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British Labour Party Politician Remembers Jo Cox

ARI SHAPIRO, HOST:

In her very first speech to Parliament, Jo Cox talked about the people she represented.

(SOUNDBITE OF ARCHIVED RECORDING)

JO COX: And while we celebrate our diversity, the thing that surprises me time and time again as I travel around the constituency is that we are far more united and have far more in common than that which divides us.

SHAPIRO: That was Jo Cox speaking in June of last year. Caroline Flint served in Parliament alongside Jo Cox, and she joins us now. Welcome to the program, and I'm sorry for your loss.

CAROLINE FLINT: Thank you. Thank you very much.

SHAPIRO: As we have heard, this type of incident is very rare in Britain, which must just make it all the more shocking. What went through your mind when you first heard about what had happened?

FLINT: Well, you're right. It's so rare in Britain for, you know, any attacks of these sort of kinds on anybody. And I had been in my own - I'm a Yorkshire MP - and I'd been in my own constituency office that morning and had gone to another engagement and found out through a member of my staff ringing me.

And it just is unbelievable. I mean, for your listeners - if I, you know, explain what it's like for a British MP - we have much smaller constituencies than your congressmen and women. We have around 70,000 electors. And we spend our time often in our constituencies in local libraries like Jo was doing this morning.

We're there for our constituents to come and tell us to take up some problems that they are facing, and they can range from something's gone wrong at the local hospital or they've - you know, all sorts of things, you know, from big problems to very small problems. And Jo was just doing her job, and then this terrible murder took place. And I think all of us are very numb trying to understand why - more than anything just thinking how horrific it must've been for her but also for her family now having to cope with all of this.

SHAPIRO: I know you've just come from a vigil for her. Can you tell us how she was remembered there?

FLINT: The vigil was held at - they had two vigils today - one at the church earlier this evening, but one at St. Peters in Birstall where she was killed. And it was really very quiet. There were prayers and music and talking about Jo's commitment to her constituency.

And again, you know, Jo came from this constituency. Her dad worked in a toothpaste factory. Her mom was a school secretary. Jo used to spend her holidays outside of university working in the factory that her father worked in to help pay a contribution and for her to represent her hometown - was something she was incredibly proud of. And I must say her parents and family must have been, too. So tonight it was just quietly reflecting and taking some time.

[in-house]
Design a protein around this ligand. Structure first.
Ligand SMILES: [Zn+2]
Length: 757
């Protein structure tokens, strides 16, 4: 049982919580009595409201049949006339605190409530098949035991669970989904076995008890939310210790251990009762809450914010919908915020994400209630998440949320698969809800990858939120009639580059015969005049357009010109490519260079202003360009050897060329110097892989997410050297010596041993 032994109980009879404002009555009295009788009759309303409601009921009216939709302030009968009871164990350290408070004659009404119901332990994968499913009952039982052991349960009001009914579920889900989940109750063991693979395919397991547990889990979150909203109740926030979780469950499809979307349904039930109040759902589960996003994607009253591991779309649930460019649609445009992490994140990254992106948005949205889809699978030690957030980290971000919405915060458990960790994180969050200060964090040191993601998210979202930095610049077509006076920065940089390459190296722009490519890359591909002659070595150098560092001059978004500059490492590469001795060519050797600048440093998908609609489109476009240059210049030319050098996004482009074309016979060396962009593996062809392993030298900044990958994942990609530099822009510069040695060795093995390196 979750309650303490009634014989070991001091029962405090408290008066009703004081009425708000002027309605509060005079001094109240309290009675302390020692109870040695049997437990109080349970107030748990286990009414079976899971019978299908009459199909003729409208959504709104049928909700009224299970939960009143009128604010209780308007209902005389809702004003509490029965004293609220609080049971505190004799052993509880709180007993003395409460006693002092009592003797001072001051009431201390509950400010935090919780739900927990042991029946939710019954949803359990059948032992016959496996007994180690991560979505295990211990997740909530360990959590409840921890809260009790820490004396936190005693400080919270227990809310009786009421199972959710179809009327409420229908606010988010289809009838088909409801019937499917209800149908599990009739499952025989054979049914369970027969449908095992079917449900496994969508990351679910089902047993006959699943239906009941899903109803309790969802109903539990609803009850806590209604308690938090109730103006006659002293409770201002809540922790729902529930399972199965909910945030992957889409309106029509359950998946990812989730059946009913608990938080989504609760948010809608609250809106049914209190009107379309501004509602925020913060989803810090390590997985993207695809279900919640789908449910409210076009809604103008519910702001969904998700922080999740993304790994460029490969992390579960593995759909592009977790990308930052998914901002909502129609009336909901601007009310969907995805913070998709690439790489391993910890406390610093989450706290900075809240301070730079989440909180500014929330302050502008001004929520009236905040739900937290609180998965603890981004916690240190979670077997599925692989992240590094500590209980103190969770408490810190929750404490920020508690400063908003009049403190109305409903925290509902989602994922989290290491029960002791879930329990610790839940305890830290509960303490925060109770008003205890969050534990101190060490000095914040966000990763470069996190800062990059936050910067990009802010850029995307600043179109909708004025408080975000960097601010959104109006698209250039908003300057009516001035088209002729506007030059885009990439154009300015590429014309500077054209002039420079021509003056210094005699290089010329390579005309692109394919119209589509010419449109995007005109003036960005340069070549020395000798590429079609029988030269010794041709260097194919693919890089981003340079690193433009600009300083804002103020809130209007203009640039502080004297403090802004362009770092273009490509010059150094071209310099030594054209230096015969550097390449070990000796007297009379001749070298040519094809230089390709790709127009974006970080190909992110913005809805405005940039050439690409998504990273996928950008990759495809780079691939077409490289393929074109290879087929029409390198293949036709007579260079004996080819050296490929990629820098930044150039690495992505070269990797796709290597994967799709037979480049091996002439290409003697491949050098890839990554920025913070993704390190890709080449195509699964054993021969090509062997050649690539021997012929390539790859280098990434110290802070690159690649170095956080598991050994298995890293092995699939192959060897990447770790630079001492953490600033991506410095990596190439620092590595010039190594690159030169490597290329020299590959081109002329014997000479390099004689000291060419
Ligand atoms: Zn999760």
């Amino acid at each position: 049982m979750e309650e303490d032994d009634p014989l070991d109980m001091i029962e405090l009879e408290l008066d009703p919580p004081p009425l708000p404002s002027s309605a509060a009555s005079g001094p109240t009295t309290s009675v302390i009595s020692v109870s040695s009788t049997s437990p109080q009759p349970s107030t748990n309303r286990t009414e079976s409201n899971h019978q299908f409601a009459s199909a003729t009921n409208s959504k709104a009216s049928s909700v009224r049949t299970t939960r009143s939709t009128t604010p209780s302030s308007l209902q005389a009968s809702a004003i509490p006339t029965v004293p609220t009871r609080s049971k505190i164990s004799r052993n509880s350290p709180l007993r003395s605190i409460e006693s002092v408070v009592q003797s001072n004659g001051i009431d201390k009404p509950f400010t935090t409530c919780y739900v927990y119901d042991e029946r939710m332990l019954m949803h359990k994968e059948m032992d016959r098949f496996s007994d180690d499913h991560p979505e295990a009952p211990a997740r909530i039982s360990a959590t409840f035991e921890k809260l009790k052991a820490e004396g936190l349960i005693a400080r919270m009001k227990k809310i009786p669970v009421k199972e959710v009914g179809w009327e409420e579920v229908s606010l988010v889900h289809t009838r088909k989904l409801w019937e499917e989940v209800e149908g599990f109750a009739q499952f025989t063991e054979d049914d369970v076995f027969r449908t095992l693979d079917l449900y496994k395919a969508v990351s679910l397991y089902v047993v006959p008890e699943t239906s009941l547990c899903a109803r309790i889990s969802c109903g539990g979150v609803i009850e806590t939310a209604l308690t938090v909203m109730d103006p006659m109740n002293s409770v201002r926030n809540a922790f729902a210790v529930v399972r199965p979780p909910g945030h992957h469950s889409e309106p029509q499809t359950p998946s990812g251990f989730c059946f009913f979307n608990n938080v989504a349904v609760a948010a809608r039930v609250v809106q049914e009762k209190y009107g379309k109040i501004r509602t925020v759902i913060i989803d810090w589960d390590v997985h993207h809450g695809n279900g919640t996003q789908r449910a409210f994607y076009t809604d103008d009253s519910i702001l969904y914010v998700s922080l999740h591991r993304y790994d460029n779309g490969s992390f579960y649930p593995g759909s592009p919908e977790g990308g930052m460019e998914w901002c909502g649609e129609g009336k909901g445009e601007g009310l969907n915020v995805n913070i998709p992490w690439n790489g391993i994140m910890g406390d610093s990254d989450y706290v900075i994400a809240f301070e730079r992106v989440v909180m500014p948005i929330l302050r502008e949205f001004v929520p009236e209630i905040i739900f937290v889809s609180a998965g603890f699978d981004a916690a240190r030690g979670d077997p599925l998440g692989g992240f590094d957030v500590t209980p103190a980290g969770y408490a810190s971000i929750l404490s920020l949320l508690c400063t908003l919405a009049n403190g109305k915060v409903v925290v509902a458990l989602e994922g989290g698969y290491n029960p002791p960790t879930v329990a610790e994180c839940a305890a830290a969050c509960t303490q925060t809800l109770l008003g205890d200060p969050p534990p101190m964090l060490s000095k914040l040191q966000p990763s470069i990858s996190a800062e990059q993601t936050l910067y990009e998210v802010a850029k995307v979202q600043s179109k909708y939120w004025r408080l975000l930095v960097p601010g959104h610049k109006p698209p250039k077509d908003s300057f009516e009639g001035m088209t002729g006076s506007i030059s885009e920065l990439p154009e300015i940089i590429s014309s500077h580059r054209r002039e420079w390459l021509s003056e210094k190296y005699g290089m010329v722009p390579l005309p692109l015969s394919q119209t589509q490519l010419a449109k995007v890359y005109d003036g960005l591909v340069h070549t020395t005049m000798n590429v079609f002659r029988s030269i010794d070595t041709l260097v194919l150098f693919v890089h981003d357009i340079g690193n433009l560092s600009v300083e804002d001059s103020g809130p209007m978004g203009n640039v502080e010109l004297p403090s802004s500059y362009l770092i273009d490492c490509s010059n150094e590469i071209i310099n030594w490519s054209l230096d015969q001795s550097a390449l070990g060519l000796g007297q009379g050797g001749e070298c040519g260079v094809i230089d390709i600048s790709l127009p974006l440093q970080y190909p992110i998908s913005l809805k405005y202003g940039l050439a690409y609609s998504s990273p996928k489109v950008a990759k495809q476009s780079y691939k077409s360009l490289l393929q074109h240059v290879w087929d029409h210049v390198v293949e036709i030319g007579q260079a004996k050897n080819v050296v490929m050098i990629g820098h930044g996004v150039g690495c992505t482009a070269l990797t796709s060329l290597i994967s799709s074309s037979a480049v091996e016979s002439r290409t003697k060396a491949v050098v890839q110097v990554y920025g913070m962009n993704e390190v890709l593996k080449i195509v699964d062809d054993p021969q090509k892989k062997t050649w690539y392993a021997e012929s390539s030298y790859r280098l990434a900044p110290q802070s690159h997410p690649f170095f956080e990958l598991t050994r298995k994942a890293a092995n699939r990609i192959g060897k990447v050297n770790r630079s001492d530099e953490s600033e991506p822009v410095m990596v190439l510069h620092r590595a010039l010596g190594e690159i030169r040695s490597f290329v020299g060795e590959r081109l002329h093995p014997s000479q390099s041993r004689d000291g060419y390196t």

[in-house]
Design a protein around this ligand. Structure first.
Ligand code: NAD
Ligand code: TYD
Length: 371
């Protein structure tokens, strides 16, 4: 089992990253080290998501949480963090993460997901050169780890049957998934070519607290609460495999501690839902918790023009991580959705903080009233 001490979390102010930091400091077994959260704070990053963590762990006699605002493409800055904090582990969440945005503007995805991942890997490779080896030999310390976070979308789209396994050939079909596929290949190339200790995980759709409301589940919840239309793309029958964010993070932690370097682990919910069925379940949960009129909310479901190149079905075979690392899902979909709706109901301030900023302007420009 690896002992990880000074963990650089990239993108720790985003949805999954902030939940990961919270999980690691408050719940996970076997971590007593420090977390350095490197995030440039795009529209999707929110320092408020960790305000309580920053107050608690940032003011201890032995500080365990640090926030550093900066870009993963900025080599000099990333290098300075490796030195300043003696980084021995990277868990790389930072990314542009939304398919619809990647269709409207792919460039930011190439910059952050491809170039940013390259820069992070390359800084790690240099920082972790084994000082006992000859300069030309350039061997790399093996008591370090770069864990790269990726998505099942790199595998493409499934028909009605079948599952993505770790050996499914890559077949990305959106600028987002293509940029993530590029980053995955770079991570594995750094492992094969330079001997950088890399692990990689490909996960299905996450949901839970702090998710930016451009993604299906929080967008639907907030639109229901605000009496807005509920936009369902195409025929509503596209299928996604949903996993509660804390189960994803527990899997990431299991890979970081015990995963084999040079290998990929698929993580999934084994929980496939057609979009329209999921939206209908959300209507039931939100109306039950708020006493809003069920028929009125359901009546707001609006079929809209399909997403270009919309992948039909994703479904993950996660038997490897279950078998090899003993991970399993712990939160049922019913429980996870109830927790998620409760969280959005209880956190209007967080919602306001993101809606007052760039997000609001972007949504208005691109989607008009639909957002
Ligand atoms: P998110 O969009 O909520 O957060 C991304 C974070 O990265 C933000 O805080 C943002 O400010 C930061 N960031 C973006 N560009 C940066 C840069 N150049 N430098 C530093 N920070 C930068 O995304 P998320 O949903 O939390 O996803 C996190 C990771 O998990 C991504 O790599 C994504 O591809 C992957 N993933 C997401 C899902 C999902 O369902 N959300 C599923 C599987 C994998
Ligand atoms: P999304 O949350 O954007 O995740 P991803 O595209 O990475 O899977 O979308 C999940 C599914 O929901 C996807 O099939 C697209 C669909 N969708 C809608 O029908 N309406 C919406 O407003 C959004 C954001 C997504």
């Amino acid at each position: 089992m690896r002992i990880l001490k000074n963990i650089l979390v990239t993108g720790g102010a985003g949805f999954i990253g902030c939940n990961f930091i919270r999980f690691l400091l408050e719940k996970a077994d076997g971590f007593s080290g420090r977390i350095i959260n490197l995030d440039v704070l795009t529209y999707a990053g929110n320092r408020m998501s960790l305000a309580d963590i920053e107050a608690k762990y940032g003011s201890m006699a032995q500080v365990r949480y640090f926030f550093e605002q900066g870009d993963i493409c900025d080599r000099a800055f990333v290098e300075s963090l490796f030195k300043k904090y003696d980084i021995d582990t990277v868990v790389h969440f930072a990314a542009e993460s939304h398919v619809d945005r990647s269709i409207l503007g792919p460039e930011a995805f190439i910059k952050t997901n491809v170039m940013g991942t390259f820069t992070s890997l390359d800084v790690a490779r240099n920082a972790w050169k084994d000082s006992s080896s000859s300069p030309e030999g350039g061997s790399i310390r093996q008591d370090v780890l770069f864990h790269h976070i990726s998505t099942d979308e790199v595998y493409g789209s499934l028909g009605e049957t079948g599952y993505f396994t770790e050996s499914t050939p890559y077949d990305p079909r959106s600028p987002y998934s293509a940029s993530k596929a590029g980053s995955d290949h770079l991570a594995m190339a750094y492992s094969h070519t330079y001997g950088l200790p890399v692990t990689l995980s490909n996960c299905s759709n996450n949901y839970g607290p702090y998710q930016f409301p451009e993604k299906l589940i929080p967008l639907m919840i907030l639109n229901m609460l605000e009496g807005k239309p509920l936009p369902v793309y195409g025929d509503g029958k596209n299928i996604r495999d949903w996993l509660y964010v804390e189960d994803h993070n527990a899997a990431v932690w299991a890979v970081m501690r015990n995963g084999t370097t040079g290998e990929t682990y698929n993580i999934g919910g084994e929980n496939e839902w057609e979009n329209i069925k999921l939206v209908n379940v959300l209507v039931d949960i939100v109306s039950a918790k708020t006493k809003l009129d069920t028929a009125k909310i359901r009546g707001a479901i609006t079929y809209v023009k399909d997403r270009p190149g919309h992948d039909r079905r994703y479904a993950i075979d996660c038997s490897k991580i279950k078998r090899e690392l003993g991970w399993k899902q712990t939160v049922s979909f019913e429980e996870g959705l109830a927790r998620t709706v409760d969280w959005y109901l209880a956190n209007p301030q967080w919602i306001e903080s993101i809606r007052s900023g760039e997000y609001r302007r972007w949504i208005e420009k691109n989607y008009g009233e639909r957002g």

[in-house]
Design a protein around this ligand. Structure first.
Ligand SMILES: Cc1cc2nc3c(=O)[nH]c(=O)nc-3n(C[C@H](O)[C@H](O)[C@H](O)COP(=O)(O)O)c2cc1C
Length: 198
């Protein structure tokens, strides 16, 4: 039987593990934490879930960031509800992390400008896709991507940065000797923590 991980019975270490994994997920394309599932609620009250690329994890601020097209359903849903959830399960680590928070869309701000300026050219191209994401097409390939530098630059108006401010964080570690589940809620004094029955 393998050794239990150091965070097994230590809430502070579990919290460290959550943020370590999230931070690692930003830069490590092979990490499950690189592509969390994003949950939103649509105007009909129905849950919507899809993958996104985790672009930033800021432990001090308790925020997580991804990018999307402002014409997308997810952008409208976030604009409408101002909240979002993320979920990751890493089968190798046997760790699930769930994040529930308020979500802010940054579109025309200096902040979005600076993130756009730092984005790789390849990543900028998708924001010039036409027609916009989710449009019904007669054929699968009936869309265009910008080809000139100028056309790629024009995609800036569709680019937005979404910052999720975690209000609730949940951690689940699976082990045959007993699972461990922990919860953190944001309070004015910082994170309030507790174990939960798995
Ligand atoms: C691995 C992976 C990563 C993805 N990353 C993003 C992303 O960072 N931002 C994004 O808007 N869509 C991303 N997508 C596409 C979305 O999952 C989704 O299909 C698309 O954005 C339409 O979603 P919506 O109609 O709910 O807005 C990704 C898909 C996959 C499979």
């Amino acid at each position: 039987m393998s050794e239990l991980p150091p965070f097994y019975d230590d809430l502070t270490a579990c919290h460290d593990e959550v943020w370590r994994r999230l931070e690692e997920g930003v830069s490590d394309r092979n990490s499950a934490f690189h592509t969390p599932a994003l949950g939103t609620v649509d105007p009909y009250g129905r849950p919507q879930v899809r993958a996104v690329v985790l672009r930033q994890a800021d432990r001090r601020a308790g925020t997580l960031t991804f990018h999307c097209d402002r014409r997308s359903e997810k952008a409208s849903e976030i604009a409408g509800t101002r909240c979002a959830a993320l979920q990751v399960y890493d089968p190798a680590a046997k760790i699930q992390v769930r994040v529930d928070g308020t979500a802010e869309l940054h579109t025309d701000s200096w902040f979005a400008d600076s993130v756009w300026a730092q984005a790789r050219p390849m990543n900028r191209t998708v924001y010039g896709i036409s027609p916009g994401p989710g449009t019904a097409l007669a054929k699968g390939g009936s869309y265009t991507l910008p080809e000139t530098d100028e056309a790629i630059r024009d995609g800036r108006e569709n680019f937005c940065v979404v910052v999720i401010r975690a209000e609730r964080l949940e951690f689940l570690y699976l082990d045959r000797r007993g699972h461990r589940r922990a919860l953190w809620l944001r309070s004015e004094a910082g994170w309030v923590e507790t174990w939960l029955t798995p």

And there were people - there were other colleagues from Parliament who are Yorkshire MPs but also people from all over the community and not just people of Christian faith, people from the Muslim community. The local imam from the mosque had come along as well. And I think everyone just wanted to have some quiet time to reflect on Jo and everything that she's contributed in the last year but, much more than that, everything she gave before she came to Parliament as well.

SHAPIRO: Now, as we've heard, this comes at a time of intense political debate over membership in the European Union, and campaigning has been suspended. Do you think this could affect that debate before next week's vote?

FLINT: I don't know. I couldn't speculate on that. I think it was absolutely right that the - you've heard two sides of the debate - the leave and the remain decided to - you know, today they should cancel campaigning. And you know, we have so little information at the moment about, you know, what happened, why this attack that led to Jo's death took place.

But I think - you know, I think in the sort of - you know, the whole campaign has been quite hard fought over the last few weeks. And you know, a lot of things have been said on both sides. But when something like this happens, I think it puts everything in life in perspective. And whatever our differences in terms of politics, we're in a democracy. And I said, Jo was just doing her job today. And it's right that we should reflect on that and put aside our differences.

SHAPIRO: That's British member of Parliament Caroline Flint. Thank you for remembering your friend and colleague with us. And I'm sorry for your loss.

FLINT: Thank you. And can I just say as well, you know, the thoughts of myself and many colleagues are with those who lost their lives in Orlando.

SHAPIRO: Thank you so much. Transcript provided by NPR, Copyright NPR.